Written By: Kristin Baird
Culture change is never fast. It’s never easy. It can, however, be controlled. Unfortunately, far too many CEOs and members of the leadership team abdicate their responsibility for controlling—or guiding—culture change because of their own behaviors, or lack thereof.
When I work with organizations on the behavioral expectations that go along with any desired culture change I’ll often ask them directly: “who is exempt from this change?” What I mean by that is who in the organization will not be held accountable to the new behavioral standard. Their first response is often a shocked: “Well, no one! Everybody will be expected to comply!” But then I’ll drill a little deeper. And, I’ll invariably find that there are one or more “important characters” in the organization who just might not be held accountable should they choose to flaunt or ignore the new behavioral expectation.
I’m guessing you’ve seen this same sort of behavior in your organizations. The problem is that when leaders let certain members of the organization resist the change and do nothing about it, a strong message is sent to the rest of the organization. That message is: “This change really isn’t all that important and I won’t be held accountable if I choose to just keep doing things the way I’ve always done them.”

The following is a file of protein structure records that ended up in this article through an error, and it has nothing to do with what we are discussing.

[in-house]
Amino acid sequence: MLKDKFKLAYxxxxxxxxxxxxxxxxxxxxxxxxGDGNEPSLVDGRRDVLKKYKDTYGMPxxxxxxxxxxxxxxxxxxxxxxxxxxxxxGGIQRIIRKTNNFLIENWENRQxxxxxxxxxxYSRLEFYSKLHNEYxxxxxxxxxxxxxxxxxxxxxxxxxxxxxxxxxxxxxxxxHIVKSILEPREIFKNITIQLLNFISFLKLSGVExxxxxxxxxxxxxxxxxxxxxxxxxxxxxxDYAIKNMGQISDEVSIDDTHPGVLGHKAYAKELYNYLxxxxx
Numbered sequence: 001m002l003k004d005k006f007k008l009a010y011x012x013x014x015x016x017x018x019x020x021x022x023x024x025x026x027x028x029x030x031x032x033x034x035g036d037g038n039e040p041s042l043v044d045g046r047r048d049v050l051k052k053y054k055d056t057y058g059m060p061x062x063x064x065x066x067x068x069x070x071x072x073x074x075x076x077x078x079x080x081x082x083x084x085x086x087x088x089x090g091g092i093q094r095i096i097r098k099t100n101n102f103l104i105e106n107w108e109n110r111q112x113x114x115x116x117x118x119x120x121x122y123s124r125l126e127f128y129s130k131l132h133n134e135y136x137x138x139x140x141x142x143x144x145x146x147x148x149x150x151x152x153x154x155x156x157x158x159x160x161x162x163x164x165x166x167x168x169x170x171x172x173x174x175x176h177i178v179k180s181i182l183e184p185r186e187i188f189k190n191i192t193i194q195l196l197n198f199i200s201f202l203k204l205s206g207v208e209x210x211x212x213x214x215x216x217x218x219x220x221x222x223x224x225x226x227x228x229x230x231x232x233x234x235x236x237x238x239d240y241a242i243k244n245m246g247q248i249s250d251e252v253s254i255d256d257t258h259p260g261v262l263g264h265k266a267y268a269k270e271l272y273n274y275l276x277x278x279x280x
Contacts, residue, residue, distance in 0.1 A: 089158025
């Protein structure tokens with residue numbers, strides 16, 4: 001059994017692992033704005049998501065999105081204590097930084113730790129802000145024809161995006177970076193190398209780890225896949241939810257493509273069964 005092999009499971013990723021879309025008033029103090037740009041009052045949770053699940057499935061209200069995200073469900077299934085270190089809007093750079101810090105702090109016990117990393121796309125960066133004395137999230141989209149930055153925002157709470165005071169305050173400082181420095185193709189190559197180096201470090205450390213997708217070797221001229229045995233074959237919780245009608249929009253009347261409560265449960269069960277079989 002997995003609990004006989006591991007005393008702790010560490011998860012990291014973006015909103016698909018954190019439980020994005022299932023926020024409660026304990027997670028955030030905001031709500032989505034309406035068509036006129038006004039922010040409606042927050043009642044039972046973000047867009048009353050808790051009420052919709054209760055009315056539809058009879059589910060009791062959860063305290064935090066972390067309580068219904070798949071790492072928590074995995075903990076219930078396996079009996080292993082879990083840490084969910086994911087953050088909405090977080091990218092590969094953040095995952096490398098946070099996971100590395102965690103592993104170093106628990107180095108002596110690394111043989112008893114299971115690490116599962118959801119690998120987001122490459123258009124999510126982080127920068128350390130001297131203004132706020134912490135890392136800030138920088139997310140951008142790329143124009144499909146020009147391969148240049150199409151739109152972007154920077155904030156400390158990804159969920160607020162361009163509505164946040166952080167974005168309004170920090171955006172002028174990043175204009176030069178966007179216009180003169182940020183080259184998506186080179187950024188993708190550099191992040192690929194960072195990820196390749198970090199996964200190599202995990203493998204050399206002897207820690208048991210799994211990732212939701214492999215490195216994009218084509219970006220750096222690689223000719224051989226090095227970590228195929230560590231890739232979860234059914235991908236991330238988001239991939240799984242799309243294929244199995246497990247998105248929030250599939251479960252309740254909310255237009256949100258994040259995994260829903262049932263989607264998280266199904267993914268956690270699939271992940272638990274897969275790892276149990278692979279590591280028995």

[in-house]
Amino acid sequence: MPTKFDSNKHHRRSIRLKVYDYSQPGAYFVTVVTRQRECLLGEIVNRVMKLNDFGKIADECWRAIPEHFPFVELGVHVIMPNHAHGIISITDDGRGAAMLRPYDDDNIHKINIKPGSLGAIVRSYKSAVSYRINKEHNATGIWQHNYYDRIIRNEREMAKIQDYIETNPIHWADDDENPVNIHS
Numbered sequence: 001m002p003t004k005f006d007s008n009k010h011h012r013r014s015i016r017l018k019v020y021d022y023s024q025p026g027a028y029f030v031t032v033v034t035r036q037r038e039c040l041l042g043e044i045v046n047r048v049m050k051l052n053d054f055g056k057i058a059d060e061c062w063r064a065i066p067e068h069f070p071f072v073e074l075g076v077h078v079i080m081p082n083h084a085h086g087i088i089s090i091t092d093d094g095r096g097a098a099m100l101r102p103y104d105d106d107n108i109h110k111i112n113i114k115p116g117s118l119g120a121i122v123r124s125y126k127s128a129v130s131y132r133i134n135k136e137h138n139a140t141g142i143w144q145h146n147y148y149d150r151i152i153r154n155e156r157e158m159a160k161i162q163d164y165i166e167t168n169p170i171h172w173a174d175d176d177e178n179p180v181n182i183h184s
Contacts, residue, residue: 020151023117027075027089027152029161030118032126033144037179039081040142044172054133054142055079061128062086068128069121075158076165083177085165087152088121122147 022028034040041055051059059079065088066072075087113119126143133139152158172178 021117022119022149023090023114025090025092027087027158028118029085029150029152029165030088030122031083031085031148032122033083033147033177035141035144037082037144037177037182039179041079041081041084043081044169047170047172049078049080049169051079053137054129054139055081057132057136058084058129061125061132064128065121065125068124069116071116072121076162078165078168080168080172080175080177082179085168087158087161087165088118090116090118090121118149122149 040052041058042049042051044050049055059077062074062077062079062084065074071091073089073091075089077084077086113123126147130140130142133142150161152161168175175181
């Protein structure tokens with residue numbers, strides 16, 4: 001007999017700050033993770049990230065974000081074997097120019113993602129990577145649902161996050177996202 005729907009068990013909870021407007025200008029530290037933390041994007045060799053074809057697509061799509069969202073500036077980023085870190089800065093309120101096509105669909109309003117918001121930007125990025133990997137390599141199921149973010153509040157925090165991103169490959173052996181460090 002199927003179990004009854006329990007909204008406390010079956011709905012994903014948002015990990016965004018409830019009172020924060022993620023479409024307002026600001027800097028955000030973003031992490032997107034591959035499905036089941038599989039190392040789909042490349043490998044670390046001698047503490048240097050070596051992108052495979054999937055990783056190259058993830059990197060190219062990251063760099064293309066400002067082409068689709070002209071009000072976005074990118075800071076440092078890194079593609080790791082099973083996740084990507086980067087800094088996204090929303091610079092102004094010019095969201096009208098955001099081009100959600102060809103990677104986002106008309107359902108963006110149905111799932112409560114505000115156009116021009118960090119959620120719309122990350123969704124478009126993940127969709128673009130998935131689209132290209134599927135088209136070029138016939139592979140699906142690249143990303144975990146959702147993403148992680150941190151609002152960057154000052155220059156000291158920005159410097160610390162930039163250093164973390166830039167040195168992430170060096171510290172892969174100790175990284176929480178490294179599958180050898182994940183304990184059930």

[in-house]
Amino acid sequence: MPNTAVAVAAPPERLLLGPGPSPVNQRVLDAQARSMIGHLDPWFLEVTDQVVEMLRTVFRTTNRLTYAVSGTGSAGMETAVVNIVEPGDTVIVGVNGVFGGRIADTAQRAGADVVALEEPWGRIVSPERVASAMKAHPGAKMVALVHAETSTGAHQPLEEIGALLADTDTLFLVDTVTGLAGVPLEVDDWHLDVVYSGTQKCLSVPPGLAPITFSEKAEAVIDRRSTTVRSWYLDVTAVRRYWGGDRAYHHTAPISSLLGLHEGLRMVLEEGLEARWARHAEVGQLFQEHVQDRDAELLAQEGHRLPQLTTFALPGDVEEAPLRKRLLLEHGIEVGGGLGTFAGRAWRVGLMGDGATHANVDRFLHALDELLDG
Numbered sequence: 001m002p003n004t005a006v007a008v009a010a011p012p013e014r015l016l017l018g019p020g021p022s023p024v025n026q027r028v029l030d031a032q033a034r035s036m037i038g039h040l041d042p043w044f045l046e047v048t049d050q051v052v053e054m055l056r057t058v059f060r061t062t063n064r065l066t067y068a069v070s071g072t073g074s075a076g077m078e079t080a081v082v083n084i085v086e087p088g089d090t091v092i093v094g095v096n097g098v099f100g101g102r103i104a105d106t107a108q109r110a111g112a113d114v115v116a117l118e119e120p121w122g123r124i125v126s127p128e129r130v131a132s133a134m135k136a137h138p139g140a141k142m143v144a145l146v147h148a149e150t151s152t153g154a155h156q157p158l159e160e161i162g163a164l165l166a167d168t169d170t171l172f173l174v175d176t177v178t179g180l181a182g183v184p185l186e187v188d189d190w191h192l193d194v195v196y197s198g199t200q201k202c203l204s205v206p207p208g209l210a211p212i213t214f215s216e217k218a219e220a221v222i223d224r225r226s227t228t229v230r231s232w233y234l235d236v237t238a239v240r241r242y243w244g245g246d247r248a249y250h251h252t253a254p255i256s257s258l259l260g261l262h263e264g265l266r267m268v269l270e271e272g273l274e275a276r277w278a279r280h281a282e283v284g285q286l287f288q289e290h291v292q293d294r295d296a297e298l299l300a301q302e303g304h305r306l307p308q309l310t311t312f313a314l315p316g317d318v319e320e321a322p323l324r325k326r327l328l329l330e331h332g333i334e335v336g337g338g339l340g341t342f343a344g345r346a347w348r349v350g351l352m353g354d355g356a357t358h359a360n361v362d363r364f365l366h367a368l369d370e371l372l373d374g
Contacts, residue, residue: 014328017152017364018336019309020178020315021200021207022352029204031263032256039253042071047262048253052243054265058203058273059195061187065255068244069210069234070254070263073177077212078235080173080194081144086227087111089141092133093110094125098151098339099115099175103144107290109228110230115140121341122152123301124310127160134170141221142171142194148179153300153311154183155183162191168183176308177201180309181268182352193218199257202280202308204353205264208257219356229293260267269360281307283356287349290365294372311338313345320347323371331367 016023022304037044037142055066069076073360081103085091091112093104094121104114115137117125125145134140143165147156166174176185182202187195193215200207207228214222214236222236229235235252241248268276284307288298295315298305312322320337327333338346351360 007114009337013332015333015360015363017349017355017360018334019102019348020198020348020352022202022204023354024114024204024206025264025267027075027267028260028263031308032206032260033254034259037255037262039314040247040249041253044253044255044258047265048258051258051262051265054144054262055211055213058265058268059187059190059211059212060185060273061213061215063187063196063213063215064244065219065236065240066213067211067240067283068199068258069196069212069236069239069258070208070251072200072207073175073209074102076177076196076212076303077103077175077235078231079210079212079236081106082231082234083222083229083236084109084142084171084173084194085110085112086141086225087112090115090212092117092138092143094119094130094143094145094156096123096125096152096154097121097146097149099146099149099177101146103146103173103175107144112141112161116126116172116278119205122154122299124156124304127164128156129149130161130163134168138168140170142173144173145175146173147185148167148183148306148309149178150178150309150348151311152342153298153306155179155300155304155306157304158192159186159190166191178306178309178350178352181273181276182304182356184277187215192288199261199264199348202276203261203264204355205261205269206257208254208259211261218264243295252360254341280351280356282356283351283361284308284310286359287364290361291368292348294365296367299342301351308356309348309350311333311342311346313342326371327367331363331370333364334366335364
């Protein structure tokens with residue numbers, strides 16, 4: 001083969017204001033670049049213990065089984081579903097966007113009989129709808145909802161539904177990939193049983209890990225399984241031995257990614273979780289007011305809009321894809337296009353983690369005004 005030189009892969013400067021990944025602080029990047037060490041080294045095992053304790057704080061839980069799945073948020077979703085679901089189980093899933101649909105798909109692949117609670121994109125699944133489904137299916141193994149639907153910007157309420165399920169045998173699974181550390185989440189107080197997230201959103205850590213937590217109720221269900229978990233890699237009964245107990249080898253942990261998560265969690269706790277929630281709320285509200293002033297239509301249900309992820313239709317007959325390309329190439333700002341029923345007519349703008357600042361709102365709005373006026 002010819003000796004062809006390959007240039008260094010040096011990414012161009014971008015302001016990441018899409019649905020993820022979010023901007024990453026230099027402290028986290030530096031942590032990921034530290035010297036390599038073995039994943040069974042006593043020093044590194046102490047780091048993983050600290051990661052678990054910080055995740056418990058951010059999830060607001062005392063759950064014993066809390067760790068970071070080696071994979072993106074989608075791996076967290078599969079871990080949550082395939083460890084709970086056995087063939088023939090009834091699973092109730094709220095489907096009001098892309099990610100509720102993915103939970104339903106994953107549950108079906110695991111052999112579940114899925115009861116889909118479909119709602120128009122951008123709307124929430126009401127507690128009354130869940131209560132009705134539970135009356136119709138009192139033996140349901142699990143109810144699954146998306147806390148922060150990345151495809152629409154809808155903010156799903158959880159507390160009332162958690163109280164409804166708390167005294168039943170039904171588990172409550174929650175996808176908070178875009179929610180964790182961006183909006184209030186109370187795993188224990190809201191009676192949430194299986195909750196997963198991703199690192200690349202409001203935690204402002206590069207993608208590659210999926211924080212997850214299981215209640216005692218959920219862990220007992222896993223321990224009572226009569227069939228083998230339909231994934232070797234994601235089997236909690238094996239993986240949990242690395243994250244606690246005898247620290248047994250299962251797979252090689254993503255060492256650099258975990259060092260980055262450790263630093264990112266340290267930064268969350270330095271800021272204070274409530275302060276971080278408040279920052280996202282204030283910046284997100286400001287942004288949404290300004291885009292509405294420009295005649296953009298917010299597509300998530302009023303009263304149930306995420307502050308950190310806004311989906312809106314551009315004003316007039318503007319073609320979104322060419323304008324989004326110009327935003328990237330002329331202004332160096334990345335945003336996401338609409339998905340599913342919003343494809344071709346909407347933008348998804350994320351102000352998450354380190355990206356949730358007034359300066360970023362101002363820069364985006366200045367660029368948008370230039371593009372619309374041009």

It’s not that you won’t face resistance. You will. What’s important, though, is how you handle that resistance. Let’s take a look at “3 Tips for Dealing with Resistance.”
1) Reflect on situations—and individuals—that have caused issues in the past. Who will be exempt from the new expectations? Get real. Be honest. You know who the resistors have been in the past and you can be pretty confident that they’ll continue to resist in the future. These are the “sacred cows” in your organization that, for whatever reasons, the culture has accepted as above reproach or beyond the rules. If you’re serious about making a culture change, now, you need to identify who these individuals are so you can proactively prepare to manage their resistance. During this process stay constructive, keep the conversations blame-free and focused on behaviors not personal character. This can be a significant learning opportunity for your leadership team.
Here’s an example of someone who became exempt. My firm worked with an organization that had very limited parking and ultimately made the decision that employees—and physicians—would be required to park in a back lot. One physician—a very hard-to-recruit type of physician—threatened to resign if he couldn’t park closer to the entrance. After all, he was a very important, and very busy, man and he needed to be able to get to the surgical suite quickly. He put up a big fight and seemed serious about “taking his ball and going home” if he didn’t get his way. So, the CEO backed down. It may have seemed like a small thing, but that decision sent a clear message out to the entire organization – the expectations don’t apply to everyone, especially those sacred cows.
So, who are the people in your organization who may think they’re exempt? You may want to make a list because chances are, you’ll have to prepare for how you’ll deal with them.